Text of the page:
Anybody have experience with old (like close to 50 years old) low voltage lighting control systems?
I recently got a call to troubleshoot a light fixture in a church (built in '57). There are six fixtures, switched in pairs (front, middle, and back, with the back switch also controlling several 4' lay-ins in the choir loft). One of the two back hanging fixtures doesn't work. I'm told that it gradually quit working. Jiggling the switch would get it to go on, then it wouldn't work at all.
The fixture is a huge hanging lantern, with 8 CFLs (4-pin base).
I first checked the switch, mainly because it's at ground level and the fixture is 15 feet up and the canopy about 32 feet up.
Switches for the three banks are despard-style, three in a SG box. Open it up and lo! despard switches, all right, fed by a 19-conductor, 20 gage cable (marked "Bryant control cable"). Voltage across the switch (when off) is 27 VAC. Current in the circuit for the operating banks fo fixtures with switch on is about 0.2 amps. I'm thinking that there's a good old ice cube relay somewhere that's failed.
O.K., so my mission is to find the bad relay somewhere. I look everywhere for a control panel and can't find anything.
I get the church maintenance man to move some pews and bring in the scaffolding w/tilt-up ladder w/tiny platform at top.
Up I go. No power at the fixture. So, it's up to the ceiling, at 32 feet. The platform is very moving around like a leaf in the breeze. I'm hoping that the parishoners in the church are including me in their prayers.
There's no relay in the j-box, and also no power present. As long as I'm up there, I re-make the splices of building wire to fixture wires.
Back down at the switch box, I bypass the switch for the non-functioning fixture and get no results. I re-make the splices on both sides of the switch (four conductors on the load side of the one switch, and 11 spliced together with a pigtail to each of the three switches, on the line side).
Operate switch--and lo! All fixtures come on, including the one that wasn't working!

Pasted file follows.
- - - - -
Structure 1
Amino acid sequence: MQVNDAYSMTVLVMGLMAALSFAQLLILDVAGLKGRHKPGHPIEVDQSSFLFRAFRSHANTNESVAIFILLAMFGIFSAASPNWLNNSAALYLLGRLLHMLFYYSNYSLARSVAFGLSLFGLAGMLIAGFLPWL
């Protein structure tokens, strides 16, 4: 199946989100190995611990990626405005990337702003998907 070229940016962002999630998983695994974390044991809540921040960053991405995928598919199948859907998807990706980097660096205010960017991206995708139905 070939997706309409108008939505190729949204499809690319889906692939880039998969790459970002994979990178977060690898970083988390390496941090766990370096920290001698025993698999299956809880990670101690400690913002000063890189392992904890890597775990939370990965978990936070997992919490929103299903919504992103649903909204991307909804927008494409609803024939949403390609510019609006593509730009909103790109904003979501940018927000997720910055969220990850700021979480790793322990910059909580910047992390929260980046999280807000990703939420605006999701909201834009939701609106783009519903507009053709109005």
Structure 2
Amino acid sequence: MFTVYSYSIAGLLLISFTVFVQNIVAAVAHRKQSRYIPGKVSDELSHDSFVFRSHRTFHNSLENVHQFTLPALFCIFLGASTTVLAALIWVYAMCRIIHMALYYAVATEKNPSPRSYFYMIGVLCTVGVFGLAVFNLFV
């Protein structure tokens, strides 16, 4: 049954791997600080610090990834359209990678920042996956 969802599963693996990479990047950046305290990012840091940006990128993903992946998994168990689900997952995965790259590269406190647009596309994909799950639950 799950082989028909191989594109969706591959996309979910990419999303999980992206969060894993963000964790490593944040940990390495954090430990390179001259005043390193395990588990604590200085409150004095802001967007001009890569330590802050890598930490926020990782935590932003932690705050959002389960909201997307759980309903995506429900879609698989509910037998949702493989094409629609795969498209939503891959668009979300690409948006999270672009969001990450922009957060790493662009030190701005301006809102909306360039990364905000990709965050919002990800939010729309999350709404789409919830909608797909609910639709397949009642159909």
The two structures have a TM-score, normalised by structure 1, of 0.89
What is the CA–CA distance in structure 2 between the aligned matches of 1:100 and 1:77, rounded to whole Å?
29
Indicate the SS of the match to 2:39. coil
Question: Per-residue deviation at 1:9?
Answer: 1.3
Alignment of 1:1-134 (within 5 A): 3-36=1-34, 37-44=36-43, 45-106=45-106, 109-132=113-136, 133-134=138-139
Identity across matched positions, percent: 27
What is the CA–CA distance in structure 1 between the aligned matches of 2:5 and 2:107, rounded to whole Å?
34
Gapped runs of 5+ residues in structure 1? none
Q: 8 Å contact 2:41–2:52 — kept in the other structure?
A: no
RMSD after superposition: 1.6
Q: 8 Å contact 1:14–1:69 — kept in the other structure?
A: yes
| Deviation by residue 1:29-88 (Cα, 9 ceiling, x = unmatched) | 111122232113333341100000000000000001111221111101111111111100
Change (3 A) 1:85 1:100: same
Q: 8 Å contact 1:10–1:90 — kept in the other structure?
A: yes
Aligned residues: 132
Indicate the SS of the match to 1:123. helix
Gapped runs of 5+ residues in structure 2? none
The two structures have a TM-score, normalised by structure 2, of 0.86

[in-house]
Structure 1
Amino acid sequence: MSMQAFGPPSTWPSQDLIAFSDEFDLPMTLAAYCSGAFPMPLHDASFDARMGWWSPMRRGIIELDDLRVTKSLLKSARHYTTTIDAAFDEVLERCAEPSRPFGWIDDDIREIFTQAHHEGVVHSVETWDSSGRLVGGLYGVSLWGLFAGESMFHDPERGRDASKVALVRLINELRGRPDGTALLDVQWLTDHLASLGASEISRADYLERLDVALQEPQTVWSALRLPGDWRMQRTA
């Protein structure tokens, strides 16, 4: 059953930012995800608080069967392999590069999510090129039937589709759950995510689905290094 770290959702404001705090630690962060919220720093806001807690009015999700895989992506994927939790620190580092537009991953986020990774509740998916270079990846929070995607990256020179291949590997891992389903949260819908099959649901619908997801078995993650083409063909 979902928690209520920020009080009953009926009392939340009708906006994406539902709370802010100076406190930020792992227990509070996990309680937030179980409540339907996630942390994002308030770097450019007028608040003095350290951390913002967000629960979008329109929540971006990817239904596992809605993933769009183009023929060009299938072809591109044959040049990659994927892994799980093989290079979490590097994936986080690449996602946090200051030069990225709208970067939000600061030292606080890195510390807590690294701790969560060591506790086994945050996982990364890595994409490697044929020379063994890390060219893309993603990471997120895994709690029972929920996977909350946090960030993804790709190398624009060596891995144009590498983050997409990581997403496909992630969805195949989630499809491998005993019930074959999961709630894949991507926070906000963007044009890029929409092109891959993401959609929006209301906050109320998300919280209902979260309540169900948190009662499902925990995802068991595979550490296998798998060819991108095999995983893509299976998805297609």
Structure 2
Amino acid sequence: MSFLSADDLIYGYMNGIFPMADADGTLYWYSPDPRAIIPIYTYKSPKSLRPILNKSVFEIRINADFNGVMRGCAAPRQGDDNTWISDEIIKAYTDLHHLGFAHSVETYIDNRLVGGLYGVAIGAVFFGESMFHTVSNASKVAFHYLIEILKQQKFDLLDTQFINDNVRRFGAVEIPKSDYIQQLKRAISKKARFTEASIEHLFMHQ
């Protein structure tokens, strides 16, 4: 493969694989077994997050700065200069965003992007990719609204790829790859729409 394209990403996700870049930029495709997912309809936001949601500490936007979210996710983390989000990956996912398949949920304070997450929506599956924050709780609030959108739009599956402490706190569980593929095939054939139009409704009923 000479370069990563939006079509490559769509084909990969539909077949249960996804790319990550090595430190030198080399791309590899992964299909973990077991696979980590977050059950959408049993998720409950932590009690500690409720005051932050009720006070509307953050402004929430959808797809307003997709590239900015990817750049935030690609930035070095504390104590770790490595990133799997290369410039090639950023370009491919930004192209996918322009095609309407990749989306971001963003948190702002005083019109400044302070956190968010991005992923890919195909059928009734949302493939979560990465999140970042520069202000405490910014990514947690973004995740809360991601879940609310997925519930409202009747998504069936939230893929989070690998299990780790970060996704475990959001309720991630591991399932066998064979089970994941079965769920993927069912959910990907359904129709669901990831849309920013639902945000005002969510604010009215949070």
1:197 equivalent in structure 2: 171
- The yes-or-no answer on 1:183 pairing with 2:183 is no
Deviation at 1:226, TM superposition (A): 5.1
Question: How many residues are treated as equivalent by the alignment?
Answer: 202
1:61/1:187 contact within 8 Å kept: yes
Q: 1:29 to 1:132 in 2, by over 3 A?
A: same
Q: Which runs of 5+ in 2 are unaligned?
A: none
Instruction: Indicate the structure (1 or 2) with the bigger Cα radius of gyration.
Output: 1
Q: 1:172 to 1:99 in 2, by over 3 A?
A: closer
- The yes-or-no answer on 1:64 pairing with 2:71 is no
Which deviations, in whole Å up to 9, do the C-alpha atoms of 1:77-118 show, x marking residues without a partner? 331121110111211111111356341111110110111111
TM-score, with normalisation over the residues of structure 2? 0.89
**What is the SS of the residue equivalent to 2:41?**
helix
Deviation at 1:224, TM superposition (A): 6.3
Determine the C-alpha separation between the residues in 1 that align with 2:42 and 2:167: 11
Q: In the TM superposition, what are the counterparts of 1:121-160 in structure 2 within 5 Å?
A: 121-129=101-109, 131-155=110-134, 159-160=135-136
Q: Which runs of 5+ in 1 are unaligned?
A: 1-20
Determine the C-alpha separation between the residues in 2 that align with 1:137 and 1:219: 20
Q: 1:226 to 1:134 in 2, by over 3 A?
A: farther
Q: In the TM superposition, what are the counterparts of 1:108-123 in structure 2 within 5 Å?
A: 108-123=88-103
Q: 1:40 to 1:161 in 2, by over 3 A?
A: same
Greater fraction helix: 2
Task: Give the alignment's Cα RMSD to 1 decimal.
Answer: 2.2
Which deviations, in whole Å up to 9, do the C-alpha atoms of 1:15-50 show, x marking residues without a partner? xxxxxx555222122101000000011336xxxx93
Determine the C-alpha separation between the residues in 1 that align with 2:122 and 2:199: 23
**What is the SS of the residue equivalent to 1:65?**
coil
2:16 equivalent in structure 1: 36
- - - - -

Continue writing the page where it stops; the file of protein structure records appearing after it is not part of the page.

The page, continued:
I figure it was a bad splice, so turn off switch, turn on again, and nothing!
I figure it's a failing relay. When I get back to the site, I intend to find the circuit supplying power to the system, cut power, and use a Harris T90 (poor man's TDR)tto find length of wire from switch to relay and to power supply), and a wire tracer to try to find the relay.
I'm wondering if the relay might be in one of the other fixtures (maybe the lay-ins?), but the distance measurement ought to help sort that out.
Anyone have any experience with this sort of system?
Well, I don't know yet. There are four leads on the load side of the switch: red, red w/white stripe, purple, and purple w/white stripe. I think each hanging fixture has it's own relay, and that there are two relays for the four banks of lay-ins.
This configuration would be consistent with the observations, and as you said, it's then a simple matter of finding the bad relay.
Escept it's not in the ceiling box above the non-working fixture, and I can't find a panel of relays. And the maintenance man and I really "tossed" the place! I mean we searched it very thoroughly.
The roof over the main chapel area (where the non-op fixture is) is a flat roof with no attic space. The banks of lay-ins are in a dropped ceiling. I suppose I ought to look there for the relays, as a last resort.
I'm banking on the distance mesurement via TDR to give me a gross indication of possible location, and then a wire tracer to led me to it. The low-v cable is in EMT, though, so I'll have to squirt signal onto the pipe and just follow the strongest signal. Or put tone on the control wiring and look for signal at outlet boxes. X-ray vision would be nice...the building is reinforced concrete.
I'm the third electrical contractor to troubleshoot this problem. First guy told the maintenance man that the problem was the splices at the ceiling box, but he never came back to check (fear of heights, eh?)
The second one said that it was the fixture ballasts, and that he was gonna come back and lower the fixture to ground level to work on it (my guess is that it weighs 70-80 pounds). He never came back.
So, finding and fixing the problem is now a challenge.
Thanks for the help. I will report back when I've revisited the site.
One of the computer rooms I worked in had a buttload of those GE relays. each was pressed in a 1/2" KO in the first layin on each string. The coil sticks outside the enclosure with low voltage wires on it.